• Zimmer Biomet Holdings’ Unite3D™ Bridge Fixation System, which eliminates the need for the plates, screws, and staples used in traditional arthrodesis (joint fusion surgery) and instead relies on a 3D-printed “osteoconductive matrix designed to provide for biological incorporation.”
  • At least 85 other 3D-printed medical devices cleared via FDA’s 510(k) approval pathway.

Given FDA’s approach to 3D-printed drugs and devices, it seems unlikely that the increased use of 3D printing will be stymied by onerous or ill-fitting regulatory requirements. FDA’s approval of Spritam, the epilepsy medication, suggests a future of bespoke medications that are customized for specific patients. Similarly, FDA’s clearance of 3D-printed prosthetics suggests an era when individually-measured and customized prosthetics will be 3D-printed at hospitals for specific patients. To be sure, 3D printing is at  the forefront of personalized medicine, with tailor-made drugs and devices manufactured on demand and customized to meet the unique needs of specific patients.

Is the existing FDA regulatory framework sufficient?

To date, virtually all of the 3D-printed medical devices being legally marketed were cleared by the FDA via the traditional 510(k) pathway. A handful of 3D-printed devices also were authorized via the emergency use pathway, which allows a physician to treat a patient with unapproved medical devices under certain emergency circumstances. Other potential pathways to approval for 3D-printed medical devices include the compassionate use pathway, which allows an investigational device to be used in cases where alternative therapies are unsatisfactory, and the custom device exemption pathway, which allows a custom device to be created to comply with a physician’s order. For 3D-printed drugs, only the standard NDA approval process is available.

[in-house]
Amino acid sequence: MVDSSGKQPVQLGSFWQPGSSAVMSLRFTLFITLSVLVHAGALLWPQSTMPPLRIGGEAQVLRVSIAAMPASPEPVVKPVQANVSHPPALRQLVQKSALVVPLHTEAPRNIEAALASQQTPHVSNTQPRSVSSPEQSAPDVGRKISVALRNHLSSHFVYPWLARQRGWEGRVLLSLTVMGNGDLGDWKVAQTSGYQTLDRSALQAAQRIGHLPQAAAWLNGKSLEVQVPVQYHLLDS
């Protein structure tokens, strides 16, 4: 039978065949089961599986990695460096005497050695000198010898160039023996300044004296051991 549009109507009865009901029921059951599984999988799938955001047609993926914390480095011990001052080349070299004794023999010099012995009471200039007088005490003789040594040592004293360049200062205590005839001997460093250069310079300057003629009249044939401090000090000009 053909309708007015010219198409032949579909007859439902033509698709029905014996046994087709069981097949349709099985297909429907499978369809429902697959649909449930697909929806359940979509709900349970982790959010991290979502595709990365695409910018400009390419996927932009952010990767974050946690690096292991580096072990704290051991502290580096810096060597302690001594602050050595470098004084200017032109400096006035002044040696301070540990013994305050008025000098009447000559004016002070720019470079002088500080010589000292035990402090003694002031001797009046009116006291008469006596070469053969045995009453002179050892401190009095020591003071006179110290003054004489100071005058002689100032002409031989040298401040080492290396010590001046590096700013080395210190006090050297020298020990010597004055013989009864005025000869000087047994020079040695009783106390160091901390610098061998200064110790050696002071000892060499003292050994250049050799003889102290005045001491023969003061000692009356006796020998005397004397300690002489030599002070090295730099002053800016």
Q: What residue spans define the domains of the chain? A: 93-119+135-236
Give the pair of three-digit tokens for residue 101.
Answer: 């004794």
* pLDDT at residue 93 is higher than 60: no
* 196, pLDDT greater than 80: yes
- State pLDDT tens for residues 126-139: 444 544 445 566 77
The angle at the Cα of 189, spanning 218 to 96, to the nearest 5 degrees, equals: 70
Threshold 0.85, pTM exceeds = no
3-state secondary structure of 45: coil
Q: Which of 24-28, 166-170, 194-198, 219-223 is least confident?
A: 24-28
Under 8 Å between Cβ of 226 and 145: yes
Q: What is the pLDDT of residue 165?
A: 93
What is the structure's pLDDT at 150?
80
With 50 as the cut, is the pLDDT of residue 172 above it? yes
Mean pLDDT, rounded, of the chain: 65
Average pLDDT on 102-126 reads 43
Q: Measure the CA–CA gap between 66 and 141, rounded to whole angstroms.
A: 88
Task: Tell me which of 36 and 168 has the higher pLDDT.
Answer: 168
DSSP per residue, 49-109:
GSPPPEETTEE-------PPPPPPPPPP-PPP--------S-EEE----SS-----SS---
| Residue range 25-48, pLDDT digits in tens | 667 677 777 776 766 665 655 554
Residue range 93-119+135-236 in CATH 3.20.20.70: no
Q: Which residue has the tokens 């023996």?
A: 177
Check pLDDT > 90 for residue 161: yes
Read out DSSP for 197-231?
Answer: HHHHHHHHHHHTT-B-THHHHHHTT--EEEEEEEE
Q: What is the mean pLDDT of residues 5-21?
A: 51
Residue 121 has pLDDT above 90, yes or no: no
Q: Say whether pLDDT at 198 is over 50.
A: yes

FDA’s existing regulatory framework is based on mass production of one-size-fits-all products. 3D printing technology, however, holds the promise of production of customized drugs and devices for specific patients. Are new regulatory approval pathways needed for FDA review of 3D-printed drugs and devices? Should FDA issue guidance explaining how this new can fit into the existing framework?